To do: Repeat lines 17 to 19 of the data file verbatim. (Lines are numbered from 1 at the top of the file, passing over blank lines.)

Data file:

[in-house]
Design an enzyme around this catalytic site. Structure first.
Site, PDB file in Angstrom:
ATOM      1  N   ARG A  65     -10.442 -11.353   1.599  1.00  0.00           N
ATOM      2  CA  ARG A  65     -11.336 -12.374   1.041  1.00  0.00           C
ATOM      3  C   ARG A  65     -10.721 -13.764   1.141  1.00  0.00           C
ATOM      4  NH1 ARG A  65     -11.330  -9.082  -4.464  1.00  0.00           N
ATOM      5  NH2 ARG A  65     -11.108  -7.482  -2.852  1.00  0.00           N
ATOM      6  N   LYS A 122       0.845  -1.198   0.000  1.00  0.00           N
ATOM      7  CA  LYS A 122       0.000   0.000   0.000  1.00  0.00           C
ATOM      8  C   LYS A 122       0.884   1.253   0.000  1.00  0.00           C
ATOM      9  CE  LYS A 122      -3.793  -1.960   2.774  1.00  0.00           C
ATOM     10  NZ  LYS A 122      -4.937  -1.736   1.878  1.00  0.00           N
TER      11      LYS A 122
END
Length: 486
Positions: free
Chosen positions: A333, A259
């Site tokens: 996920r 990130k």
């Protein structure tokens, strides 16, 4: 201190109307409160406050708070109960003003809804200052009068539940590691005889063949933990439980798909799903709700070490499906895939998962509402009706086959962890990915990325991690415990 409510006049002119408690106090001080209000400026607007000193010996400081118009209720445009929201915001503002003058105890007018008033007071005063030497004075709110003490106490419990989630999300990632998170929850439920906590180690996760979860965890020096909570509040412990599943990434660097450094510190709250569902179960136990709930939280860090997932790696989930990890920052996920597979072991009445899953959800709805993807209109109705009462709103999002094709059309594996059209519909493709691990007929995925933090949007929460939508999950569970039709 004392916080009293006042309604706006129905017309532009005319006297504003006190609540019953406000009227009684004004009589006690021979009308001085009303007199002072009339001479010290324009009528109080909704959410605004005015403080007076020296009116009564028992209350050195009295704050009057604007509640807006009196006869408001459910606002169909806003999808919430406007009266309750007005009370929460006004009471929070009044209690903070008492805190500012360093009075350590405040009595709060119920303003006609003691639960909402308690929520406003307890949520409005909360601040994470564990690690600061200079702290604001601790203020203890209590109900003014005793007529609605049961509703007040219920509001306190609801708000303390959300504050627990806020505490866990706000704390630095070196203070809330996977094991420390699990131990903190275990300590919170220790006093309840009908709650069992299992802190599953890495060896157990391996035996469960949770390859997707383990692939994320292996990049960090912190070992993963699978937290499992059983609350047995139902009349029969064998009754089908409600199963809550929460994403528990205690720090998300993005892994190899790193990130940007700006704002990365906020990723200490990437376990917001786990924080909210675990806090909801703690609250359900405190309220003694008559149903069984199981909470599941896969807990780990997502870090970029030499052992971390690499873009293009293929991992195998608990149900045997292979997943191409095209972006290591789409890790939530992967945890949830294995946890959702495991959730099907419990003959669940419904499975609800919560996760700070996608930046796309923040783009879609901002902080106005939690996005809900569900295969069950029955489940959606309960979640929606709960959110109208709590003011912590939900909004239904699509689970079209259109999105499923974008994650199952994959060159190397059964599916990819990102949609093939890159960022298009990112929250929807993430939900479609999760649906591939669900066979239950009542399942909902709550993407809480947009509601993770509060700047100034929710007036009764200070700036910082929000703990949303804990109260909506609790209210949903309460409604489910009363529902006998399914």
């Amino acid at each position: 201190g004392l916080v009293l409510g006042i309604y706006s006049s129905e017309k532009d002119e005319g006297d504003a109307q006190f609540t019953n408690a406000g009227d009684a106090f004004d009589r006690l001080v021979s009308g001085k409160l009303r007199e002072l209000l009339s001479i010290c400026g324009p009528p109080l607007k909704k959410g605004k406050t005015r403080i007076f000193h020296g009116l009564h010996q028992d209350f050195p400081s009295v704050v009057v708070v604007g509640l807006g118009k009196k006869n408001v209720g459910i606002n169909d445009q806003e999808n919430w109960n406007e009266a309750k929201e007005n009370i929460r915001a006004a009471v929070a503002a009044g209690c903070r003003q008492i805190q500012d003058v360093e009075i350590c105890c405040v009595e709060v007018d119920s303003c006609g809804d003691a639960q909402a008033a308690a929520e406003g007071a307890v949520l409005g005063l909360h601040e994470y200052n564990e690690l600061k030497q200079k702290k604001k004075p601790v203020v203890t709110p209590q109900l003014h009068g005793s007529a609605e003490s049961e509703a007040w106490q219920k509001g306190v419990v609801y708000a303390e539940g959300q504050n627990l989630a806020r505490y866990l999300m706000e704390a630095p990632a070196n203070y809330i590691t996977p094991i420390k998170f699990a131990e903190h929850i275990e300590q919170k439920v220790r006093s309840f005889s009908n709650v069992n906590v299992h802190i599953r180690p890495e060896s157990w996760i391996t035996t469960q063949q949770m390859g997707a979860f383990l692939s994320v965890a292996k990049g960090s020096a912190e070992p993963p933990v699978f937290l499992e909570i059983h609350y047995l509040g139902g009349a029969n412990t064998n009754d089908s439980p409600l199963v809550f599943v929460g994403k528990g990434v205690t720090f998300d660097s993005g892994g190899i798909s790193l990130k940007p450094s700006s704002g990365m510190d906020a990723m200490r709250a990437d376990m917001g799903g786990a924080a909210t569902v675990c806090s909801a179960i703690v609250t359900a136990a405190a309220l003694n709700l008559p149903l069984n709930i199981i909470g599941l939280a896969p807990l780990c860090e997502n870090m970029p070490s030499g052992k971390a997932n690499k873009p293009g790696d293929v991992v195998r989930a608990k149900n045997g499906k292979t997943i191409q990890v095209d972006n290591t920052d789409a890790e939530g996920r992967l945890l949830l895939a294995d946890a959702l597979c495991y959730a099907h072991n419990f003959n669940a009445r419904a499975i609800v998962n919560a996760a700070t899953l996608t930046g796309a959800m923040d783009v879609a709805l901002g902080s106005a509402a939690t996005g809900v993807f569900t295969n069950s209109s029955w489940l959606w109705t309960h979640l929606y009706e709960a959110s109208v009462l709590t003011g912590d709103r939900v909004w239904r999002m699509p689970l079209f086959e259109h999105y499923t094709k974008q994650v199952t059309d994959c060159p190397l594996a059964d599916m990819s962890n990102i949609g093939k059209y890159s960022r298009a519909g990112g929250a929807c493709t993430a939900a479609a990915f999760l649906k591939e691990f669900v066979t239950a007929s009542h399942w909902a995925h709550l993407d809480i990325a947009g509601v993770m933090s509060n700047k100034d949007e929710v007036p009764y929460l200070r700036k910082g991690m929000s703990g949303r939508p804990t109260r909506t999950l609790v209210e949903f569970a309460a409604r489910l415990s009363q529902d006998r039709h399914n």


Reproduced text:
Positions: free
Chosen positions: A333, A259
């Site tokens: 996920r 990130k």